We’ve previously gone over the basics of executing a Zero RB strategy in a dynasty startup. Today, let’s discuss the best way to implement a Zero WR strategy in your dynasty fantasy football startup draft.
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What Is Zero WR and How Can It Benefit You in a Dynasty Startup Draft?
When comparing the popularity of Zero RB to Zero WR, there really is no comparison. Even in redraft leagues, Zero WR is seldom used. In dynasty startup drafts, it’s even more uncommon.
Zero WR is best described as a risky and unconventional dynasty startup draft strategy. Why is it so risky, and how can fantasy managers benefit from ignoring wide receivers early in drafts?
Hopefully, you recently read my primer on Zero RB in dynasty startup drafts. Zero WR is the same strategy, except flip the running back and wide receiver roles.
Zero WR is one of the many derivative strategies from Shawn Siegle’s original 2013 Zero RB strategy. The goal of Zero WR is to dominate fantasy football’s most important position and backfill wide receivers later in your draft.
How To Implement Zero WR in a Dynasty Startup Draft
The purpose of primer articles on dynasty startup draft strategies is to make you a well-rounded and educated fantasy manager. By no means would I ever recommend entering a draft with a Zero WR strategy.
Wide receivers are the lifeblood of dynasty rosters, and you should build your team around them. With that said, it’s impossible to predict how a draft will go.
There are certainly people out there who stared at a draft board and realized Zero WR was the best path to take. If you encounter one of those draft rooms, you need to be equipped with the tools to attack it.
In my Zero RB article, I discussed how the strategy and punting Year 1 work well together. As you may have surmised, Zero WR works better if you’re trying to win right away in your dynasty league.
How Zero WR and a Win-Now Approach in a Dynasty Startup Draft Mesh Well Together
The shelf life of a running back is far shorter than that of a wide receiver. If you’re loading up on 3-4 RBs in the first 6-7 rounds of your dynasty startup draft, you need them to produce right away. You’re likely drafting running backs that are proven and in their prime. These players may be 24, 25, or 26 years old. Perhaps even older. You know some of them likely won’t be on your team in three or four years.
Some of the best wide receivers in the NFL right now were drafted from 2013-2015. There is not a single running back drafted before 2016 that is even remotely fantasy relevant in 2023. And only one from 2016 remains relevant.
If you draft wide receivers, you can be more confident in them sticking around for more than half a decade. The point of this is to illustrate how a Zero WR strategy is not going to set you up to succeed long term.
If you’re going Zero WR, you need to assume your window to win is right away. If you want to build a roster that ascends to the top in two or three years and stays there, this is not the way.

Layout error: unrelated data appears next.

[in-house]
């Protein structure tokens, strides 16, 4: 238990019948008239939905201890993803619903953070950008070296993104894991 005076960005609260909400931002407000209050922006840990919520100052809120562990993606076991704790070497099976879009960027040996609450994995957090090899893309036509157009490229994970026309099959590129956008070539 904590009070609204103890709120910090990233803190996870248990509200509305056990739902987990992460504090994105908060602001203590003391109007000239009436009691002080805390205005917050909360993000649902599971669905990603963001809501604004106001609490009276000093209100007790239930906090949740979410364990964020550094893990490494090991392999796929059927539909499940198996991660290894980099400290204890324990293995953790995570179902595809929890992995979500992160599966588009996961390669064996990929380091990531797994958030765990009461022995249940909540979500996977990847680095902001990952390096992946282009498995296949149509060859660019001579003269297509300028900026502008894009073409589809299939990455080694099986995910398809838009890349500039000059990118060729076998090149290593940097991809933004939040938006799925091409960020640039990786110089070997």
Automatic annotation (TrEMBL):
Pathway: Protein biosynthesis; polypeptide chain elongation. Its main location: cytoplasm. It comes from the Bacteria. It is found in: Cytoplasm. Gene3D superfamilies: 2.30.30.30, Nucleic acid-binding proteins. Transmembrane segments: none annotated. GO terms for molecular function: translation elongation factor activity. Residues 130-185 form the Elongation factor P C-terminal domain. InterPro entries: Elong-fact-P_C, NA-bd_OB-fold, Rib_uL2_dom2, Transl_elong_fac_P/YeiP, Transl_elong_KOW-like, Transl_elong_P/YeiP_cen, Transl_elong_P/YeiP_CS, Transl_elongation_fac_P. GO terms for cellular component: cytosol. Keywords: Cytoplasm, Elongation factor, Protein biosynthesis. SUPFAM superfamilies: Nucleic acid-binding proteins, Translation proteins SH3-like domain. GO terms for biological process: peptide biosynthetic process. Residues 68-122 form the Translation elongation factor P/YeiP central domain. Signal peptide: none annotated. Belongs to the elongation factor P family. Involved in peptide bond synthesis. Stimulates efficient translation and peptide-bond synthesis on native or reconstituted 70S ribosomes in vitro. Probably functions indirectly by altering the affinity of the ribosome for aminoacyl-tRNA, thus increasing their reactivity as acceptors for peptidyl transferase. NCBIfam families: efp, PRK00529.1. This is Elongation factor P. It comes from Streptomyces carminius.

I know I’ve spent a fair amount of time warning against Zero WR. However, dynasty managers are often hyper-focused on the future. They’re looking to build, well…a dynasty. This frequently results in older veterans that are still very good players being pushed down draft boards.
As these teams load up on first and second-year players, the opportunity will be there for you to load up on early-round running backs and hope they stay healthy and pan out.
In dynasty startup drafts, veteran wide receivers (think guys that are 29-31 years old but not done yet) often fall way further than they do in redraft leagues. These guys are still productive. If you grab two RB1s and an RB2 in the first five rounds, you should still be able to get good enough wide receivers in the middle rounds. Add in an elite QB and elite TE, and you probably have a roster impossible to draft in redraft.
What Are the Risks of Using a Zero WR Strategy in a Dynasty Startup?
The biggest risk is if it doesn’t work. Of course, that applies to any strategy. But if you draft young players and most of them don’t pan out, you still have young players. There’s usually someone that works out or someone with enough potential to sell.
If you draft older players and you don’t win, those players are another year older after the season, and their value gets worse. If you don’t succeed in Year 1, you’re without sustainable wide receivers, and your running backs may lose value quickly.
Plus, in all likelihood, the running backs didn’t work out as well as you expected. They’re going to be a year older, and one year in a running back’s life is equivalent to two and a half in a wide receiver’s.
I like to use the 2017 season as a historical example. Entering that year, imagine how stacked your roster would be if you went all-in on David Johnson, Todd Gurley, and Le’Veon Bell. These players were ages 26, 24, and 25, respectively. If you didn’t win that year, by 2019, those three combined lost about 90% of their value.
The NFL changes quickly, especially at running back. Going with a Zero WR strategy can give you a substantial edge early in your dynasty tenure. Make sure you are fully prepared and know the pros and cons heading into your dynasty startup draft.
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